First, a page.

The day after my twins were born, my mom handed me the birth certificates the nurse had brought in earlier. I had put them aside, too consumed with the status of my tiny preemies, a few floors down from me in the neonatal intensive care unit, their tiny bodies engulfed in tubes, where they would stay for two months. “They cannot be Parker A and Parker B forever,” my mom said to me now, referring to the nomenclature doctors use for twins in utero and in the NICU. Those little beings in the incubators did not seem real to me at that moment, but she was, obviously, right.
I realized I had no second name, first or middle. In fact, I had no middle name for the first twin. All I had was Natalie.
I would blame the fact that my twins were born way too early for my lack of readiness on that front, and that was part of the reason, but I wasn’t fully ready to name my third child when she came, and she was two days late. So maybe it’s me.
We did think about names a little bit during my short pregnancy, but not all that much. I just brushed it off when people asked me what the names would be. My friend called them Thing 1 and Thing 2. When we found out they were girls, my sister called them Mary Kate and Ashley.
I was told they were fraternal because I had two placentas and two sacs, and that was what I thought until they were about five months old, when I learned that many things people think about twins are false. A DNA test revealed that they are indeed identical.
During the nine weeks between the time I found out they were girls and the time my water broke, I played with the idea of alliteration (and I do think it is really cute) but ultimately I decided they should have names as if they were singletons. Even if they were fraternal, they were both girls, and I knew they would spend a lot of their lives being mixed up. Their names should not contribute to that.
I had a few other preferences. I wanted the names to be conventional in spelling. Call me a traditionalist, but I thought it was just easier for them that way. If the name had more than one syllable, it had to shorten to an acceptable nickname because everyone in my immediate family got one. There was no point in fighting it.
There was only one name – male or female – to which I was attached. Natalie Saul was my maternal grandmother’s younger sister, my great aunt. She died of leukemia at the age of 21, decades before I was born. My grandmother (or Nana as we call her) spoke of her often during my childhood and the name had been rattling around in my head for a long time. Natalie’s death had affected my Nana deeply, and she spoke of Natalie with such fondness that I had become very fond of the name. Even the nickname “Nat” seemed okay to me.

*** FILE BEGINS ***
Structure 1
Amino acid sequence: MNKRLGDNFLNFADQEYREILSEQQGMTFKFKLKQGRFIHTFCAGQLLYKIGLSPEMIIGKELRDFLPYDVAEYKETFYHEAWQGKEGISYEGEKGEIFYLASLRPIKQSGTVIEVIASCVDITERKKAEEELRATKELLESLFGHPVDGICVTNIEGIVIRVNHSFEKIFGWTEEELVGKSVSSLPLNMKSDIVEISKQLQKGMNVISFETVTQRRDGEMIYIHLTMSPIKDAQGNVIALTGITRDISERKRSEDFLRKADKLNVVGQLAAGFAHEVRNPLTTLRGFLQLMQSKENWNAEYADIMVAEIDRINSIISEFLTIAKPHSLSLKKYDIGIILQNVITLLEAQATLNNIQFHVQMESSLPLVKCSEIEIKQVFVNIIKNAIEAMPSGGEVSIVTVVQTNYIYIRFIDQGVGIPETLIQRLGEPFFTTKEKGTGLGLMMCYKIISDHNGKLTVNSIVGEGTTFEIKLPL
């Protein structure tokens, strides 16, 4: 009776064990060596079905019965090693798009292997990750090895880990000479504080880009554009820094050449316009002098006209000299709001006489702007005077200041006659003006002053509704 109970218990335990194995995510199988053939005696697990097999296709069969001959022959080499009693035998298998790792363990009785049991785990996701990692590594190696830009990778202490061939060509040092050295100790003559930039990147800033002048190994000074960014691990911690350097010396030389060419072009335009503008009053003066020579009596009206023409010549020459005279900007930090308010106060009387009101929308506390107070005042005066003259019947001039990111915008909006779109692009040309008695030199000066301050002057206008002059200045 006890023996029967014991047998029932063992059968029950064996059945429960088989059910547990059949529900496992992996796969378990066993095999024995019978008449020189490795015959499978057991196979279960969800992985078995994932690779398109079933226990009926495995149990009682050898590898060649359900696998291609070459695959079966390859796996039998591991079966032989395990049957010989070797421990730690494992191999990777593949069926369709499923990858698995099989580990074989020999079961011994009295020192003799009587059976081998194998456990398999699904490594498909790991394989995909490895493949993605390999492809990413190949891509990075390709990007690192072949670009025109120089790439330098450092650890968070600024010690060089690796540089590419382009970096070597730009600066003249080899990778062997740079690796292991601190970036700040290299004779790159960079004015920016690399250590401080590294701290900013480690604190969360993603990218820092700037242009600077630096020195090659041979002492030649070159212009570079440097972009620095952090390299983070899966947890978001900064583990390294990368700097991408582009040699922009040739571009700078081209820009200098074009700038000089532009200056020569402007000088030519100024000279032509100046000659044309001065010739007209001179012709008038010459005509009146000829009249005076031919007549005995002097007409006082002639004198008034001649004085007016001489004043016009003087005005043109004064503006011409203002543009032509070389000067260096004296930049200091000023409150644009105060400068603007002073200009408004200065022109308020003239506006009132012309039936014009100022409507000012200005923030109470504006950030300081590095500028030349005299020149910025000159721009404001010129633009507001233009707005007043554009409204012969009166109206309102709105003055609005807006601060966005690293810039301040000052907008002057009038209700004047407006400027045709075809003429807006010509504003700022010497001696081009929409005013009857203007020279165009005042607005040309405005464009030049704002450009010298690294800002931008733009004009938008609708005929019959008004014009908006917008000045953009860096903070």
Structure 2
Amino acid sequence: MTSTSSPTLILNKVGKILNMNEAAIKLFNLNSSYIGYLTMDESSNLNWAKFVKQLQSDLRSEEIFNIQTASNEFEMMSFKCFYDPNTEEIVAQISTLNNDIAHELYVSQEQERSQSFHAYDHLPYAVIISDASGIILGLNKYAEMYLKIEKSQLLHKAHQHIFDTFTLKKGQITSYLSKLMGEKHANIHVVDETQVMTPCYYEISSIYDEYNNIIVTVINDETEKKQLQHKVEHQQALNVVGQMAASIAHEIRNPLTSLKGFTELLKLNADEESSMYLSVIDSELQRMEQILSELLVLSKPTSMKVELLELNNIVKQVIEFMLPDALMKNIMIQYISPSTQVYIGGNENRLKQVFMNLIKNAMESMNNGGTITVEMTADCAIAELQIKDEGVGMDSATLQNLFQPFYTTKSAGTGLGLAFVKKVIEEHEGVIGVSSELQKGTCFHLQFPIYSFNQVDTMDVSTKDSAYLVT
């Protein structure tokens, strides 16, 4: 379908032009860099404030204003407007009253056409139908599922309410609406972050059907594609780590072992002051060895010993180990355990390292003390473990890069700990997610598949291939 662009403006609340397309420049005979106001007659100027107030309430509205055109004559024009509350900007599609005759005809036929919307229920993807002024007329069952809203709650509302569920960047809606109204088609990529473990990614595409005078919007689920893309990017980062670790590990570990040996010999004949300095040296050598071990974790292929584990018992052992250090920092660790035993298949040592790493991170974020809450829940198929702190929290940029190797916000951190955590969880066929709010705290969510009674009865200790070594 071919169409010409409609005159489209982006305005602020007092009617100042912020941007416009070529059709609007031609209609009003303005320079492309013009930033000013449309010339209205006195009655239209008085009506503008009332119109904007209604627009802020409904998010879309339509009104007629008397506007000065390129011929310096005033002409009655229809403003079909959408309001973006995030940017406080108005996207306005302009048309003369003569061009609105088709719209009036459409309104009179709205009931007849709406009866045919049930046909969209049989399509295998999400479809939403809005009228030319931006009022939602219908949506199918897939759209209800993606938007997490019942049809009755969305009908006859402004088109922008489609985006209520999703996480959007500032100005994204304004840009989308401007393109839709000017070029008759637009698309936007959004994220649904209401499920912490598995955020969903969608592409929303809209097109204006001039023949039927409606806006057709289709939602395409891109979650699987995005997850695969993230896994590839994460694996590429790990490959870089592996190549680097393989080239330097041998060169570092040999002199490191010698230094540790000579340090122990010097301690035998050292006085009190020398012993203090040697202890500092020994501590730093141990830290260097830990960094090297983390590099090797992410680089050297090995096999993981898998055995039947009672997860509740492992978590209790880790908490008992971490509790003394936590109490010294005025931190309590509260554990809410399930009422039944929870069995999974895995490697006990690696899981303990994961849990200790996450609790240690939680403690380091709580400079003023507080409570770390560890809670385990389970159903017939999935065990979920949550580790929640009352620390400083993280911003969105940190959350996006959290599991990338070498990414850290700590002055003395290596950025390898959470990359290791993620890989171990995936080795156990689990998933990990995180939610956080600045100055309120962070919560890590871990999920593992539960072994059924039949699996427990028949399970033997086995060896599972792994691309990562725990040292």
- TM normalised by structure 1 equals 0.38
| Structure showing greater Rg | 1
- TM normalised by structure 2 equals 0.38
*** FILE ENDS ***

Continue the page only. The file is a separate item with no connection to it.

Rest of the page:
I like my Nana’s own names too – Estelle Lana – but they were loaded with so much meaning (my Nana has a very strong personality) that I did not want to repeat them, at least not yet. She also told me she did not want me to use them for my kids. “My names are not so great,” she told me, adding, “even though I don’t believe in luck, it’s bad luck,” referring to the Jewish tradition of not naming babies after living relatives.
One night, during what would turn out to be the last few weeks of my pregnancy, I remember starting a handwritten list of names on a legal pad at home, on a page sandwiched in between pages of notes from a meeting – way too many notes, I recall, but I was a nervous first year lawyer. I got no further than “Names – Natalie.” I had to think of two of these, I lamented. I figured that I would do this later.
Later came sooner than I thought.
Lying on the hospital bed during what should have been the start of the 30th week of my pregnancy, my mother and husband sitting beside me, I realized that there was another name I liked. The twins were born in November 2004, and the news in recent weeks had been dominated by the Kerry/Bush election. One night, I saw John Kerry’s daughter Alexandra Kerry speak at a rally. The television was muted, but the name, spelled on the bottom of the screen, clicked in my head. There was a rhythm and elegance to it that endeared it to me.
I decided quickly in the hospital that I was ok with the inevitable name Alex too. (Now, it is often shortened even more to “Al.”) Did it sound good with Natalie? After all, both names would be said in the same breath many times. I had no idea.
I told my husband one twin would be named Alexandra. He was easygoing about it. His tolerance for my name choice was high – not without limits, but relatively high, especially given the state I was in after the twins’ traumatic birth and the unsure state of their health.
Then came the decision of which twin would get which name. There was no meaningful difference to me at that point between the two. I felt little attachment to them at all, really, just a lot of confusion and fear about the long road ahead. I had not even held them yet, and I would not for a few more days. But Natalie was the name to which I had been wedded for so long, and she was the first baby – the one whose water broke and started this whole process. Parker A would be Natalie and (despite the first letter) Parker B would be Alexandra.
We went down to the NICU and their nurse wrote their names in pen above the Parker A and B designations on the cards attached to the incubators.
They were here.